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Catholics around the world are bidding farewell to Pope Benedict the sixteenth, who has chosen to end his papacy by stepping down officially Thursday, February 28. Here in Springfield, the Bishop has been taking phone calls and fielding questions about this transition, which is unusual because the Pope is still living. KSMU’s Jennifer Davidson has more.
The Bishop in Springfield is James V. Johnston, Jr. He says both old and young have approached him to talk about the decision of Pope Benedict XVI to step down.
“I was meeting with our Boy Scouts last night, and these were 14-year-olds asking me what I thought about it. So I have had a lot of inquiry from people from across the diocese. And I’ve shared with them that, for myself, it was surprising, but also a bit bittersweet as well. Pope Benedict XVI is beloved. He’s been a great gift to all of us, especially in terms of his teaching. He’s a great scholar, and he very much exudes the joy of believing,” Johnston said.
For him, Johnston says, it’s personal, because Pope Benedict XVI was the one who chose Johnston to come here as Bishop five years ago.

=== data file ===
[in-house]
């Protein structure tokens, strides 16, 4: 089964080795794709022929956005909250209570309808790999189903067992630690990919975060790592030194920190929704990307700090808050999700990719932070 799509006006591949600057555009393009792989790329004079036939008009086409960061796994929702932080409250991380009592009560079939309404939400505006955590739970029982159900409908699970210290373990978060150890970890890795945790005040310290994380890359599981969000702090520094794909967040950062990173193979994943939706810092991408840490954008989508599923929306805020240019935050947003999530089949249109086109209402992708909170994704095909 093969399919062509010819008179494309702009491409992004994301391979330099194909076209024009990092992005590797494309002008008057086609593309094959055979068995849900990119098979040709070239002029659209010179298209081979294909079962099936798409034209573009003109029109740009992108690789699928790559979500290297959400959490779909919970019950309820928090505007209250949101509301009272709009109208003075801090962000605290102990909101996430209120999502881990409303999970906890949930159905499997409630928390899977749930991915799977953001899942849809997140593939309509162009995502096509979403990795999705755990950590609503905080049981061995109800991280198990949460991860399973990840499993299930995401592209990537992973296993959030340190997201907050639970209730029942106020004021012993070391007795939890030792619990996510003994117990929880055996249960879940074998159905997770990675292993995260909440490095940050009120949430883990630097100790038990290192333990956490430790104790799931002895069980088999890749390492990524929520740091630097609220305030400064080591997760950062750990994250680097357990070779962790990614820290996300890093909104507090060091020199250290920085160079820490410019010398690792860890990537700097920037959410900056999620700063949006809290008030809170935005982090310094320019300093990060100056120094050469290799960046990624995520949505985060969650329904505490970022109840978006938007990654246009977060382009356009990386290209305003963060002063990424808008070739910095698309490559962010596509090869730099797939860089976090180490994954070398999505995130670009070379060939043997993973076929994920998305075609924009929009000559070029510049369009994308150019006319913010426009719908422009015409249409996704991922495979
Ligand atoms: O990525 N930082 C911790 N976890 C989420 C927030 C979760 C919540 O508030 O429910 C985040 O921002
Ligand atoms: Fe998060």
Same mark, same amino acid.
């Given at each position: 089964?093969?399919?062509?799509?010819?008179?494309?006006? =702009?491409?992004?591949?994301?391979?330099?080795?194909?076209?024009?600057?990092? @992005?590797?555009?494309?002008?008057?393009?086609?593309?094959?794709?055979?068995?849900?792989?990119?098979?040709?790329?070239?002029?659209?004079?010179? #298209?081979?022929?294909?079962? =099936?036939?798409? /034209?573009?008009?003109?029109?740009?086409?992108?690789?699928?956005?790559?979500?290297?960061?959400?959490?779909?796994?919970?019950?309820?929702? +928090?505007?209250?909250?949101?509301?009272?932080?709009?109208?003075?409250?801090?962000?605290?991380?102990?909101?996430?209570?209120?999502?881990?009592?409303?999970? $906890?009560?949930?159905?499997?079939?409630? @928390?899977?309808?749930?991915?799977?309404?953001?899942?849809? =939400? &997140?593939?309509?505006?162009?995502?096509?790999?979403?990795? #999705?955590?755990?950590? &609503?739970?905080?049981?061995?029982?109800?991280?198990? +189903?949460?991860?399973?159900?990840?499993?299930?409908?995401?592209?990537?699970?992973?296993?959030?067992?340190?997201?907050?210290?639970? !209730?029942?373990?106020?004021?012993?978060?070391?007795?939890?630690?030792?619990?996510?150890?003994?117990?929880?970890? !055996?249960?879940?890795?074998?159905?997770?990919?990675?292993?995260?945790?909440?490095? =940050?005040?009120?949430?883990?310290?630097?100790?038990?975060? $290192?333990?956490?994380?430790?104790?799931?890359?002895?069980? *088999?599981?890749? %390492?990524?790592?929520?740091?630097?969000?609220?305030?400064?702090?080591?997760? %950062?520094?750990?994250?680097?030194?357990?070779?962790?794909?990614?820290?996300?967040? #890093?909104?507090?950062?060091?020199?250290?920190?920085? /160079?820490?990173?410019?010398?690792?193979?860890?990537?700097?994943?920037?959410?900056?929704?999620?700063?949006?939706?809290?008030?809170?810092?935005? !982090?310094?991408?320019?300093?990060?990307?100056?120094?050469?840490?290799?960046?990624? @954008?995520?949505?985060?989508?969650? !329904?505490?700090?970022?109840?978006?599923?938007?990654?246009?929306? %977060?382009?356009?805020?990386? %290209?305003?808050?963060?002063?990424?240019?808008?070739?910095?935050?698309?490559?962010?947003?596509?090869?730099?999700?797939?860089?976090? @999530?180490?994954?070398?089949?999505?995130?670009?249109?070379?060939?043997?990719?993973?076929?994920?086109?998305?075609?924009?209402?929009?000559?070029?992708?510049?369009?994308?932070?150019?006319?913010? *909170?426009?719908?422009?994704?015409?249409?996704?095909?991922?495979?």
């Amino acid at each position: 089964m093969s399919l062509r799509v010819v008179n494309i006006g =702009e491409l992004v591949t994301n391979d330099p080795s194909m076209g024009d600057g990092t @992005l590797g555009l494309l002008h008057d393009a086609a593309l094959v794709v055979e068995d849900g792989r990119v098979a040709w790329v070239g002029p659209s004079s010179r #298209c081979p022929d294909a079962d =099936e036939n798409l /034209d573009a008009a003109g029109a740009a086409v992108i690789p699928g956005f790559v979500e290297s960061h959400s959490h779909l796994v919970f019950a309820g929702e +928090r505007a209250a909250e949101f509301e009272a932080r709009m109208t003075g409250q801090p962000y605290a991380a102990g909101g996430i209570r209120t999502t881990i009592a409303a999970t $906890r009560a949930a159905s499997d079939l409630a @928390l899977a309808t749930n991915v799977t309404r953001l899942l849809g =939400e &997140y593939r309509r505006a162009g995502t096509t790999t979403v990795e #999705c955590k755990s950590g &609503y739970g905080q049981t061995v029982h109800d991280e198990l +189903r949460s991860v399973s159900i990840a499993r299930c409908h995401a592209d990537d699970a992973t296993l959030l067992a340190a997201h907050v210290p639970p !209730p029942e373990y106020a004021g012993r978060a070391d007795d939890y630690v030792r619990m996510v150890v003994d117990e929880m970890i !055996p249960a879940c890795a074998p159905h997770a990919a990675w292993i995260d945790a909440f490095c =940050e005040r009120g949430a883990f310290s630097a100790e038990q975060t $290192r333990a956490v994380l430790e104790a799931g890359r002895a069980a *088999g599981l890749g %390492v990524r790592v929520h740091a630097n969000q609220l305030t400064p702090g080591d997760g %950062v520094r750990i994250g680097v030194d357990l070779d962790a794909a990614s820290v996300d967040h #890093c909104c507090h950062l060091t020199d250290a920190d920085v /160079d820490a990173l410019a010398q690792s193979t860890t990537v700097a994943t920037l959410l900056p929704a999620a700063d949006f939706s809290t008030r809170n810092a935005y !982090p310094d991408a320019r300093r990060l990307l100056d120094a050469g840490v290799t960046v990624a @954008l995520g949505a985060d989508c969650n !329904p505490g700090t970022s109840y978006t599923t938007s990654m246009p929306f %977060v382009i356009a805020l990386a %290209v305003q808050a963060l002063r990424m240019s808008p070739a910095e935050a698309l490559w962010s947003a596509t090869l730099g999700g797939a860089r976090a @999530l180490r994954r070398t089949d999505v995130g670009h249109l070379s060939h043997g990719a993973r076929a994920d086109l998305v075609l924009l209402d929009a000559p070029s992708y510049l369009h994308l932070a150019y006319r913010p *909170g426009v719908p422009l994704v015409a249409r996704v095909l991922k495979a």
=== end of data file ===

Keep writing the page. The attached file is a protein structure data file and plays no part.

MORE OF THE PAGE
Johnston says he respects Pope Benedict’s wisdom, and he honors his decision to step down.
Johnston says when one Pope leaves office and another takes his place, it brings the church together.
“It does highlight the communion that we have with our brothers and sisters all over the world as members of a community of faith that is very broad and international and spread out. And the Pope, in a sense, is a sign of that unity. So when something like this happens, it really does highlight that and make us even more aware of that,” Johnston said.
Johnston is Bishop of the Catholic Diocese of Springfield-Cape Girardeau, which covers 39 counties across southern Missouri.
For KSMU News, I’m Jennifer Davidson.
ANCHOR TAG: Springfield Bishop James Johnston, Jr. will celebrate the outgoing Pope with a Mass of Thanksgiving at the Holy Trinity Catholic Church on Bennett Street in Springfield. That mass begins at 6:30 Wednesday evening (2/27). For more information, you can click here.